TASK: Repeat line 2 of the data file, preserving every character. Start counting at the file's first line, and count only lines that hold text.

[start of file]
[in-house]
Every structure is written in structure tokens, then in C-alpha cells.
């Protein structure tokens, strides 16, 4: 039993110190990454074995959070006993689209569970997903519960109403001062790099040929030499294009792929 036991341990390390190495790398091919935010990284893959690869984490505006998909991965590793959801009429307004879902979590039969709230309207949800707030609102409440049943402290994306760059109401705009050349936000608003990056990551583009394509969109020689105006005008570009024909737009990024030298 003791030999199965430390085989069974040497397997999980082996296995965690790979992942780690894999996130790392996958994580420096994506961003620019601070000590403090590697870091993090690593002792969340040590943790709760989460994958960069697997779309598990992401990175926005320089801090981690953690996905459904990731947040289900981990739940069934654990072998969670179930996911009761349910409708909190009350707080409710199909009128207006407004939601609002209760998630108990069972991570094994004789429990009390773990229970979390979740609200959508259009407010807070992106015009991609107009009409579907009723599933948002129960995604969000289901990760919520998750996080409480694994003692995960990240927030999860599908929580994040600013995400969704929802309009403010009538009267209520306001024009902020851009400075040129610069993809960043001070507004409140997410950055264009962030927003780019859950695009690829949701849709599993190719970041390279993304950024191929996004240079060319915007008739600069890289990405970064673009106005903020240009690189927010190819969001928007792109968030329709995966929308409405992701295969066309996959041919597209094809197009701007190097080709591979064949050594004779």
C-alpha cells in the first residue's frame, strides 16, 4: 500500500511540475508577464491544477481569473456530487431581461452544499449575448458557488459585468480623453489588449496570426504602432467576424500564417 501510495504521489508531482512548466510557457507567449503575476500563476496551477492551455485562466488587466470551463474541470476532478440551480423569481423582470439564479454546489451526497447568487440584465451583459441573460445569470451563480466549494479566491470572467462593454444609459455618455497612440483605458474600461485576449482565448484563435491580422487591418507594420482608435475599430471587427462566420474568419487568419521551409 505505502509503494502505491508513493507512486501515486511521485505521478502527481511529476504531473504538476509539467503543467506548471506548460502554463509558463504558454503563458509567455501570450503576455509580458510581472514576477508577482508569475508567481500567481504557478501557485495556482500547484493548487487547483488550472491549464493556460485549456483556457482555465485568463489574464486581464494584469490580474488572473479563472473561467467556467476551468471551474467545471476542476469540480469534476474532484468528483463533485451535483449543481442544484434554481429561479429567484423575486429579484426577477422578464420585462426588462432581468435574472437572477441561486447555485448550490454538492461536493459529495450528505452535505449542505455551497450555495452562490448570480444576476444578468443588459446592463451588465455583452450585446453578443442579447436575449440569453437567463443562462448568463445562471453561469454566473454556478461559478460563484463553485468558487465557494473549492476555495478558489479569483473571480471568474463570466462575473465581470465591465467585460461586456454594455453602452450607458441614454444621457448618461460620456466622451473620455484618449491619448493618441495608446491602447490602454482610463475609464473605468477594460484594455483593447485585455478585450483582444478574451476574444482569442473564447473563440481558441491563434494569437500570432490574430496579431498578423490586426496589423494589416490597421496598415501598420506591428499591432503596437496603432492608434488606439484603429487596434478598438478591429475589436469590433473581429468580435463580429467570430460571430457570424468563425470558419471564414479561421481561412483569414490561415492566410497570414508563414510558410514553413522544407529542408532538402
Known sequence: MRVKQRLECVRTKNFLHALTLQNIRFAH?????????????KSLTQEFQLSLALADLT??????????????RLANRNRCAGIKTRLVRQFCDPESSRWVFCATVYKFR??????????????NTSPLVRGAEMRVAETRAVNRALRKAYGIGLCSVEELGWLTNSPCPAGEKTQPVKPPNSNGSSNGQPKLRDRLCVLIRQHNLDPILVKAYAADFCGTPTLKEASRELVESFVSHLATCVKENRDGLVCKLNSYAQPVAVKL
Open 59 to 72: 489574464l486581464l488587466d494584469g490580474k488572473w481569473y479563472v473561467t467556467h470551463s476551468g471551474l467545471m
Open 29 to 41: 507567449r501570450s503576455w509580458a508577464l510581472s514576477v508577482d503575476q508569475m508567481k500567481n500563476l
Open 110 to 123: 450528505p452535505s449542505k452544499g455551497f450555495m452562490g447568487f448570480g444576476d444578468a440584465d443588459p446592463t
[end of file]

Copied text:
Every structure is written in structure tokens, then in C-alpha cells.